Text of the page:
Be careful when investing in real estate investment trusts (REITs), which typically have slow growth. Most REITs don’t increase their distributions every year. Higher interest rates are going to further dampen their growth.
As a result, it’s very important to put a REIT investment in perspective in terms of what you expect to get from one. More importantly, never overpay for them, no matter how high quality they may be.
Look for big yields
REITs are income vehicles. Most pay monthly distributions, which are convenient to help pay the monthly bills. In my opinion, if REITs don’t offer above-average income, there’s no point in owning them. If they aren’t going to offer much growth, the least they can offer are big yields.
At the market close on Wednesday, the iShares S&P TSX Capped REIT Index Fund (TSX:XRE) offered a yield of 4.93%. The fund’s largest holding is RioCan Real Estate Investment Trust (TSX:REI.UN), which happens to offer a bigger yield of nearly 6%. So, it fits the “big yield” criterion.
RioCan hiked its distribution this year. Even though it was a small increase of 2.1%, it shows that management is confident in and committed to the distribution. RioCan’s payout ratio is estimated to be roughly 80% this year, so the distribution should be sustainable.
Look for growth
Although RioCan doesn’t look like it has much growth in the near term, it has room for a different kind of growth — that is, price appreciation, if the retail REIT trades at its normal multiple again.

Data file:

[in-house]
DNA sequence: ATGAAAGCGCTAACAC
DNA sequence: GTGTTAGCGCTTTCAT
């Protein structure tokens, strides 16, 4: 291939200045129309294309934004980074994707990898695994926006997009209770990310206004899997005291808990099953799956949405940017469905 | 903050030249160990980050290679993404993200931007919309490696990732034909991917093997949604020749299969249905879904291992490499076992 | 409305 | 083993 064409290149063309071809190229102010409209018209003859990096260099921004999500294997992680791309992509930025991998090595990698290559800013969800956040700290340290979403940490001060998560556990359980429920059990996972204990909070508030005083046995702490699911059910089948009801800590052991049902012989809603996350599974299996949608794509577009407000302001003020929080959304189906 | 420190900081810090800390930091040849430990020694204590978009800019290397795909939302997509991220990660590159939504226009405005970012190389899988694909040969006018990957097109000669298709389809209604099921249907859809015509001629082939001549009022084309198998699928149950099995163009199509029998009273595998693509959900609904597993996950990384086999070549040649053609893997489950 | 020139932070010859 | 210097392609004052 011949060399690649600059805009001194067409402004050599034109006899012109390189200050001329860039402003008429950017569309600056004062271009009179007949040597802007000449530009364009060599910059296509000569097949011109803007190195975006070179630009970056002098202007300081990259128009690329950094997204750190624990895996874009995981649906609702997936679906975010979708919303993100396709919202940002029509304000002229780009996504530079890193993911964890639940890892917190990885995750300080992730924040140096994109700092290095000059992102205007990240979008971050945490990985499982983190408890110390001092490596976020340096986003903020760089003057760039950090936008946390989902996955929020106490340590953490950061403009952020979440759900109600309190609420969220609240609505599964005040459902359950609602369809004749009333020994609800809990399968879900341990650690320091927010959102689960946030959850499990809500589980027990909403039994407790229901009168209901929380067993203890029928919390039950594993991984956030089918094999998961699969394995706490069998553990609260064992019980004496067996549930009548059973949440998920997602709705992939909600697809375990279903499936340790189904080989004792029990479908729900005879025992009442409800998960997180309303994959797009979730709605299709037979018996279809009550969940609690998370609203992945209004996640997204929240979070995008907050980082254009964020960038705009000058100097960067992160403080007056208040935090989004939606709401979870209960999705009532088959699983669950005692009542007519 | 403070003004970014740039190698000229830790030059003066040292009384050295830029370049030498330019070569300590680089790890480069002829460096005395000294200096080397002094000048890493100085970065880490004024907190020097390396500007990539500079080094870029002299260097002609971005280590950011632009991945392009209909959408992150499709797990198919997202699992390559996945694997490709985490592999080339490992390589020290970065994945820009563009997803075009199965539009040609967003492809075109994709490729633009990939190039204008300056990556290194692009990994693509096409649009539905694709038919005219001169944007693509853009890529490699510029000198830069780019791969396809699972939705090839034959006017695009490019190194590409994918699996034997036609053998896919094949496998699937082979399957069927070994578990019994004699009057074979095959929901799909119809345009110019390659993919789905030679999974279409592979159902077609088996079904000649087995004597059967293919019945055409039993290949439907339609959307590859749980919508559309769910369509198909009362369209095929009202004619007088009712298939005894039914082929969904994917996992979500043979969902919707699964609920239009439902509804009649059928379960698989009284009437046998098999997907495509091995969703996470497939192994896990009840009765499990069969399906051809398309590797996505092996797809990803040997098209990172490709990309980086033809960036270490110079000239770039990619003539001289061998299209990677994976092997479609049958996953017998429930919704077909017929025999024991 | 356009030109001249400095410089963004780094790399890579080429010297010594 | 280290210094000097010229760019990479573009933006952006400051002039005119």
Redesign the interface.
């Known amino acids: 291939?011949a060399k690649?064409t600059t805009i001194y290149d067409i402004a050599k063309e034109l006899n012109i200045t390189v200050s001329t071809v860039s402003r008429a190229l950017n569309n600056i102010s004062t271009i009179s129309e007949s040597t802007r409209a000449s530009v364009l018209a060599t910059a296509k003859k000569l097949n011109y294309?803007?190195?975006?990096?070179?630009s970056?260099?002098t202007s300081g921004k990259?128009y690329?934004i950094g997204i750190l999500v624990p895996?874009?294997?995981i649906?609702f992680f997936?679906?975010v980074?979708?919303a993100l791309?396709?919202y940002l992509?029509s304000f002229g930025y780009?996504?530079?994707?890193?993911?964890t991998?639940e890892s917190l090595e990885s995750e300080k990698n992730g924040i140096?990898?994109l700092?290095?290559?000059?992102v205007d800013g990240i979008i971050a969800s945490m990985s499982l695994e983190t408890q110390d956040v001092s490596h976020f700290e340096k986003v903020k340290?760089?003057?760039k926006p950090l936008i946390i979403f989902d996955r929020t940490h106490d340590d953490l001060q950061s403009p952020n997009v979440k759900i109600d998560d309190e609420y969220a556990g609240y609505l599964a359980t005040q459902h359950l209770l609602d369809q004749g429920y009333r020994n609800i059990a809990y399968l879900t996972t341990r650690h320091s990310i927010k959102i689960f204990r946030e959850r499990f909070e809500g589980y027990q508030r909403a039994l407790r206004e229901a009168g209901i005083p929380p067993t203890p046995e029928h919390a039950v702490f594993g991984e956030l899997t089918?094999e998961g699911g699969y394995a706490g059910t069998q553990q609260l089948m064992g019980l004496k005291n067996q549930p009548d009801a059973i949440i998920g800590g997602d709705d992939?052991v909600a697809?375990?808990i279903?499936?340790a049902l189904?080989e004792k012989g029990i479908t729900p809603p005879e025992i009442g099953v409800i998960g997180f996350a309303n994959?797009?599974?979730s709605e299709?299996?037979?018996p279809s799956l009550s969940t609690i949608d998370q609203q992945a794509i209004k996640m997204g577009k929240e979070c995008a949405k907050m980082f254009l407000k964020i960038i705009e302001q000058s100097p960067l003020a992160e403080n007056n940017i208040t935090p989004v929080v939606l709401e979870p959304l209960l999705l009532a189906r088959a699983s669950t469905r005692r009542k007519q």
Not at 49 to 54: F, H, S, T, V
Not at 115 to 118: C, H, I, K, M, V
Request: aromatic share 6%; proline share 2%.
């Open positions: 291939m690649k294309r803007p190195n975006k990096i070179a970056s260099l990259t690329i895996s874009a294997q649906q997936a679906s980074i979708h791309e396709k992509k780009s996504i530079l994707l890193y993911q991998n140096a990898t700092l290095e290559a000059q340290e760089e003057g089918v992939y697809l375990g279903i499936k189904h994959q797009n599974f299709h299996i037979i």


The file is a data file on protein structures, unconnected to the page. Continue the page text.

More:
Currently, at $23.65 per unit, RioCan trades at a multiple of about 13.2. If it reverts to the mean, the stock can appreciate more than 14%. Of course, there’s no telling when that will occur.
Notably, not all areas of retail are on the decline. RioCan points out that certain areas continue to expand, including dollar stores and discount retailers, for example.
Look for quality
After selling its U.S. portfolio, RioCan paid down its debt. So, its balance sheet is cleaner than many other REITs’ balance sheets. That said, it is still the largest retail REIT in Canada with a portfolio of about 300 properties across roughly 6,400 tenants. So, it’s very diversified.
Another positive is that RioCan has relatively little exposure to Alberta, which contributes about 15% of its annualized rental revenue. The REIT also generates about 65% of its rent from Ontario and 40% from Toronto.
In summary, the best REIT investments are undervalued and offer sustainable, above-average yields and growth. Ideally, they should also have quality portfolios and balance sheets.
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